Articles from: August 15, 2011

Natural food and wine

At Manoir de Gourin we are now reaping the rewards of having a potager (kitchen garden). Its only the second year as we had been so busy with our work to get the manor house, stableblock and grounds up to  a standard that was suitable for our guests. You can see what we have achieved by logging onto our wine tours website www.loirewinetours.com. It really is a lovely place to come and relax and to learn about and taste the wines of this region. All our guests love the tours.

We had to ask our french neighbour Roger to bring over his tractor and plough to turn over the very hard ground at the bottom of our rear garden. Copious amounts of mushroom compost later mixed in with my rotavator has produced some fairly good soil in which to plant our vegtables and fruit bushes. Apart from  the vineyards and farming here in the Loire valley we have the largest mushroom growing industry in France. They used to be grown in the miles of caves that exist here along the Loire originally mined for the limestone, then used as houses and storage for the wine and mushroom growing. Now most mushrooms are grown on a more industrial scale in buildings above ground. The mushrooms are grown in metal cages filled with chopped straw. After the mushrooms have been harvested the cages are emptied of the straw and it is used to fertilize the land. So off I used to trundle with my trailer to pick up some compost. Now some 20 trailer loads later the potager is looking pretty fertile.

This year we are growing Haricot Vert (green beans), charlotte potatoes, lettuce, tomatoes  (three varieties: Grappe, Cherise Alongee, Cornu de Andes) and peppers in the greenhouse. We also have strawberries, raspberries, rhubarb, blackberries and apples.

Its all grown naturally with no spraying or chemicals in sight and when its ready to harvest we eat it quite simply. For example we either eat the haricot vert cooked with grated parmisan cheese grated on top with some olive oil, salt and pepper,or with pasta. Tomatoes are eaten sliced with loads of basil from the herbs grown in pots around the front and rear terraces salt and pepper and my own mix of vinigrette (quite complicated with wine vinegar, balsamic vinegar, mixed dried herbs, a touch of crushed garlic, a touch a crushed ginger, worchester sauce, soy sauce, dijon mustard, whole grain mustard, anchovy paste, honey, and olive oil about 3 times the amount of all the other ingredients and give it a real good shake).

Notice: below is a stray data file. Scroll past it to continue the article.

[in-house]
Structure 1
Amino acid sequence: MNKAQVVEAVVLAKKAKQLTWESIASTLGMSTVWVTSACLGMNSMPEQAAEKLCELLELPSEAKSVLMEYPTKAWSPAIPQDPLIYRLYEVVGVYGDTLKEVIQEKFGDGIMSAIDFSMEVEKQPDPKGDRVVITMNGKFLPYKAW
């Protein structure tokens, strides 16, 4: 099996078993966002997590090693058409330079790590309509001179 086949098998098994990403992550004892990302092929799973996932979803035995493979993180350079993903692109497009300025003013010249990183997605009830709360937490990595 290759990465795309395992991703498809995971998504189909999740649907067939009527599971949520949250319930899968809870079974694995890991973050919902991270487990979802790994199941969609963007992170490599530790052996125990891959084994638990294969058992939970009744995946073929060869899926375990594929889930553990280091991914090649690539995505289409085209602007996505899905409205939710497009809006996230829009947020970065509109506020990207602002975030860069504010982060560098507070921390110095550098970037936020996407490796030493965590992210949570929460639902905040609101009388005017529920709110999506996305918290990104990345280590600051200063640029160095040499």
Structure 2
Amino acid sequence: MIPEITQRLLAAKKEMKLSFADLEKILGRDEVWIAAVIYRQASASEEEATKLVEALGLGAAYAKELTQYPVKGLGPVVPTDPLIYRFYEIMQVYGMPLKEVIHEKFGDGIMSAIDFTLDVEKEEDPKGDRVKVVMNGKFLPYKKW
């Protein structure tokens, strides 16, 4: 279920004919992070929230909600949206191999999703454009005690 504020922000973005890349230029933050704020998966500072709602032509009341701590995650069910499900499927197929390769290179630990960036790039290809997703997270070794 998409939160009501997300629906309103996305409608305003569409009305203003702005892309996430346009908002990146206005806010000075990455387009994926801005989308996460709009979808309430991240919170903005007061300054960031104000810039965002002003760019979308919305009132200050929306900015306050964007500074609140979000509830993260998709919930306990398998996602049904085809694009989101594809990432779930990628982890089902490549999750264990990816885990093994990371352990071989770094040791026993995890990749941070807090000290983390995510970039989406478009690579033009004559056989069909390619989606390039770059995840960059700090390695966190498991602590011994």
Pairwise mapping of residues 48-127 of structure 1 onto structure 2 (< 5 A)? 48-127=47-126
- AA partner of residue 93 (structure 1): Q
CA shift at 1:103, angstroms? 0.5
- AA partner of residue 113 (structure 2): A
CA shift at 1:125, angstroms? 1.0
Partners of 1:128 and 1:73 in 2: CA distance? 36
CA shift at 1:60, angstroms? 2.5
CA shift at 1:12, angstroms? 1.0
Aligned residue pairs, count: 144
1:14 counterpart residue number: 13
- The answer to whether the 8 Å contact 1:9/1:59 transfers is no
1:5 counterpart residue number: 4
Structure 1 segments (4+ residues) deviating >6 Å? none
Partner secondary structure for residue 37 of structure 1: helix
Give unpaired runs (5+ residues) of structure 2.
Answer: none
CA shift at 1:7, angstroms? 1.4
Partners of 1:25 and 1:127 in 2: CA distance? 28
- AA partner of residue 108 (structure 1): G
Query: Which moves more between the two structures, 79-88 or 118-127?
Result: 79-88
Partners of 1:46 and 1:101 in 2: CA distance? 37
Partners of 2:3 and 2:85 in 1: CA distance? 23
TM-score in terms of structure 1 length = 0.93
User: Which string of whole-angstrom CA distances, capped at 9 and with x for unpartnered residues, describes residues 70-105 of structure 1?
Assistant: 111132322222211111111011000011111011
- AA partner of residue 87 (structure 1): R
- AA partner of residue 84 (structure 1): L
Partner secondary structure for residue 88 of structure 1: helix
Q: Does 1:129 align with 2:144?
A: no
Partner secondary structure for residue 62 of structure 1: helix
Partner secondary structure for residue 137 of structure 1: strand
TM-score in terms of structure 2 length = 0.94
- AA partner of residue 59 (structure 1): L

This year our fruit harvest without chemicals and just natural was loads of all the aforementioned. We are still harvesting strawberries and raspberries by the punnet load for fresh at breakfast, compote, jam and frozen for the winter period. Forgot to mention cherries which were in abundance this year. Again as they are fresh, jam and loads of compote for the winter months.

So you see we eat as much as possible fresh ingredients or bought from the local market.

It should be the same with what you drink. Why should it be different? But unfortunately we don’t take as much care probably as we do with food. Lets take wine for example as I have a little knowledge of the  same. We buy our wine in the supermarkets by and large. They have the lions share of the market and so can sell at silly prices. For five quid all you get is, basically, give or take, a pound’s worth of wine as the rest is duty, vat and the cost of the bottle, label etc. Out of that pound everyone in the chain has to be paid so the winemaker gets  very little.  Basically the wine is crap. So with this squeeze on the winemaker he has to make loads of wine from his field of vines and in order that he does not loose his crop to disease or pests he sprays the grapes and leaves with loads of chemicals. That means you get a part of these chemicals in your wine. How much? Who’s to tell as there is no list of these on the bottle as they are below the limit allowed by law in UK and the EU so they don’t have to put it on the label. But I don’t want any chemicals in my wine thank you very much.

If you would like to know about our wines and the natural processes our winemakers use, please email me at sgrainger@gfwine.co.uk. Please have a look at our website gfwine.co.uk and see the portfolio of natural wines we sell. Surely it makes sense to drink natural wines. Cheers.